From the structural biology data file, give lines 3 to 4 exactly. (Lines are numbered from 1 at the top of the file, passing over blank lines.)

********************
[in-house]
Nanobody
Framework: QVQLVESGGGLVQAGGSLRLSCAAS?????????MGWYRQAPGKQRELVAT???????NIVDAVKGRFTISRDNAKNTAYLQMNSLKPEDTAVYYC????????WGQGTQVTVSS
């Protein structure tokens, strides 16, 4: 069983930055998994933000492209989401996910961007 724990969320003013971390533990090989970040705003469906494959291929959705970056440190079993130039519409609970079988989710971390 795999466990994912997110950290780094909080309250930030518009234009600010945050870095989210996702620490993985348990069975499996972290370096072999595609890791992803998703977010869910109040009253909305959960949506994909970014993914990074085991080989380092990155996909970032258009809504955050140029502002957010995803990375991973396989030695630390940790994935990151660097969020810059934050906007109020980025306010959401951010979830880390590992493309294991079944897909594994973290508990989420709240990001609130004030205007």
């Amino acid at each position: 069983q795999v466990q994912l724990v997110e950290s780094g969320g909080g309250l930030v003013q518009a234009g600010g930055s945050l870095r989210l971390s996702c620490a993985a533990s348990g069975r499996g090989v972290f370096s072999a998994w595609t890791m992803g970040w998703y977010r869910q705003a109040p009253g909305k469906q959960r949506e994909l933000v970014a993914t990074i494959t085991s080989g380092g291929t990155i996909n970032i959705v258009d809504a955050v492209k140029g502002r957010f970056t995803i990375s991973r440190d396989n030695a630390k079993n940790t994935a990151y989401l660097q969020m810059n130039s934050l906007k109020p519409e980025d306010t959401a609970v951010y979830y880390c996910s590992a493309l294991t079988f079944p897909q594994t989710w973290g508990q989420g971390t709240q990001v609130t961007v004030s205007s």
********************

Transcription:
Framework: QVQLVESGGGLVQAGGSLRLSCAAS?????????MGWYRQAPGKQRELVAT???????NIVDAVKGRFTISRDNAKNTAYLQMNSLKPEDTAVYYC????????WGQGTQVTVSS
């Protein structure tokens, strides 16, 4: 069983930055998994933000492209989401996910961007 724990969320003013971390533990090989970040705003469906494959291929959705970056440190079993130039519409609970079988989710971390 795999466990994912997110950290780094909080309250930030518009234009600010945050870095989210996702620490993985348990069975499996972290370096072999595609890791992803998703977010869910109040009253909305959960949506994909970014993914990074085991080989380092990155996909970032258009809504955050140029502002957010995803990375991973396989030695630390940790994935990151660097969020810059934050906007109020980025306010959401951010979830880390590992493309294991079944897909594994973290508990989420709240990001609130004030205007």